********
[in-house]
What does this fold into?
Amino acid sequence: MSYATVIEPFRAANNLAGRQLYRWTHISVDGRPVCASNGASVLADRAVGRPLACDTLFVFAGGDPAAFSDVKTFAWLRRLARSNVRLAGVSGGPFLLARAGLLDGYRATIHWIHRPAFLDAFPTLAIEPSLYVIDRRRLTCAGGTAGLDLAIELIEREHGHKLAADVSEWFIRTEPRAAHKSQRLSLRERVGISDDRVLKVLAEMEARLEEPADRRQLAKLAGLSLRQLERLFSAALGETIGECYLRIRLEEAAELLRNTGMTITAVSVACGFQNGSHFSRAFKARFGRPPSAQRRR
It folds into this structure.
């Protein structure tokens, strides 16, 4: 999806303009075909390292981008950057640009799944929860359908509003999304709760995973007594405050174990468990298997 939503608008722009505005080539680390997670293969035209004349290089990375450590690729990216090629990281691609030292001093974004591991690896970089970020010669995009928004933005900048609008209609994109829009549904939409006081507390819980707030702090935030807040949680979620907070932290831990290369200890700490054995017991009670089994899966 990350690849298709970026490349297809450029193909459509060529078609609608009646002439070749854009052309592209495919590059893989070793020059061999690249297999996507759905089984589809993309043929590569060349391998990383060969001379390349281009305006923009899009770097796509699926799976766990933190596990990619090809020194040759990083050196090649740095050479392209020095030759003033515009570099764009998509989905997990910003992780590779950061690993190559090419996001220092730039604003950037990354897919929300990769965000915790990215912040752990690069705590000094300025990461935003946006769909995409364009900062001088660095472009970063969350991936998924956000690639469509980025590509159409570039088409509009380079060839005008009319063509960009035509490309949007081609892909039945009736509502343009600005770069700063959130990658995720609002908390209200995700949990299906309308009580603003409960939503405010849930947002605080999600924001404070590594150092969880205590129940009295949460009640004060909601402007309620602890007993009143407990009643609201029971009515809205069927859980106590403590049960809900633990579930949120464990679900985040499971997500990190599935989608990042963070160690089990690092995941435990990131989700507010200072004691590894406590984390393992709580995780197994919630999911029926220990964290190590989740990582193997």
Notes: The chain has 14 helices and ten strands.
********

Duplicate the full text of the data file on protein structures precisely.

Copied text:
[in-house]
What does this fold into?
Amino acid sequence: MSYATVIEPFRAANNLAGRQLYRWTHISVDGRPVCASNGASVLADRAVGRPLACDTLFVFAGGDPAAFSDVKTFAWLRRLARSNVRLAGVSGGPFLLARAGLLDGYRATIHWIHRPAFLDAFPTLAIEPSLYVIDRRRLTCAGGTAGLDLAIELIEREHGHKLAADVSEWFIRTEPRAAHKSQRLSLRERVGISDDRVLKVLAEMEARLEEPADRRQLAKLAGLSLRQLERLFSAALGETIGECYLRIRLEEAAELLRNTGMTITAVSVACGFQNGSHFSRAFKARFGRPPSAQRRR
It folds into this structure.
């Protein structure tokens, strides 16, 4: 999806303009075909390292981008950057640009799944929860359908509003999304709760995973007594405050174990468990298997 939503608008722009505005080539680390997670293969035209004349290089990375450590690729990216090629990281691609030292001093974004591991690896970089970020010669995009928004933005900048609008209609994109829009549904939409006081507390819980707030702090935030807040949680979620907070932290831990290369200890700490054995017991009670089994899966 990350690849298709970026490349297809450029193909459509060529078609609608009646002439070749854009052309592209495919590059893989070793020059061999690249297999996507759905089984589809993309043929590569060349391998990383060969001379390349281009305006923009899009770097796509699926799976766990933190596990990619090809020194040759990083050196090649740095050479392209020095030759003033515009570099764009998509989905997990910003992780590779950061690993190559090419996001220092730039604003950037990354897919929300990769965000915790990215912040752990690069705590000094300025990461935003946006769909995409364009900062001088660095472009970063969350991936998924956000690639469509980025590509159409570039088409509009380079060839005008009319063509960009035509490309949007081609892909039945009736509502343009600005770069700063959130990658995720609002908390209200995700949990299906309308009580603003409960939503405010849930947002605080999600924001404070590594150092969880205590129940009295949460009640004060909601402007309620602890007993009143407990009643609201029971009515809205069927859980106590403590049960809900633990579930949120464990679900985040499971997500990190599935989608990042963070160690089990690092995941435990990131989700507010200072004691590894406590984390393992709580995780197994919630999911029926220990964290190590989740990582193997």
Notes: The chain has 14 helices and ten strands.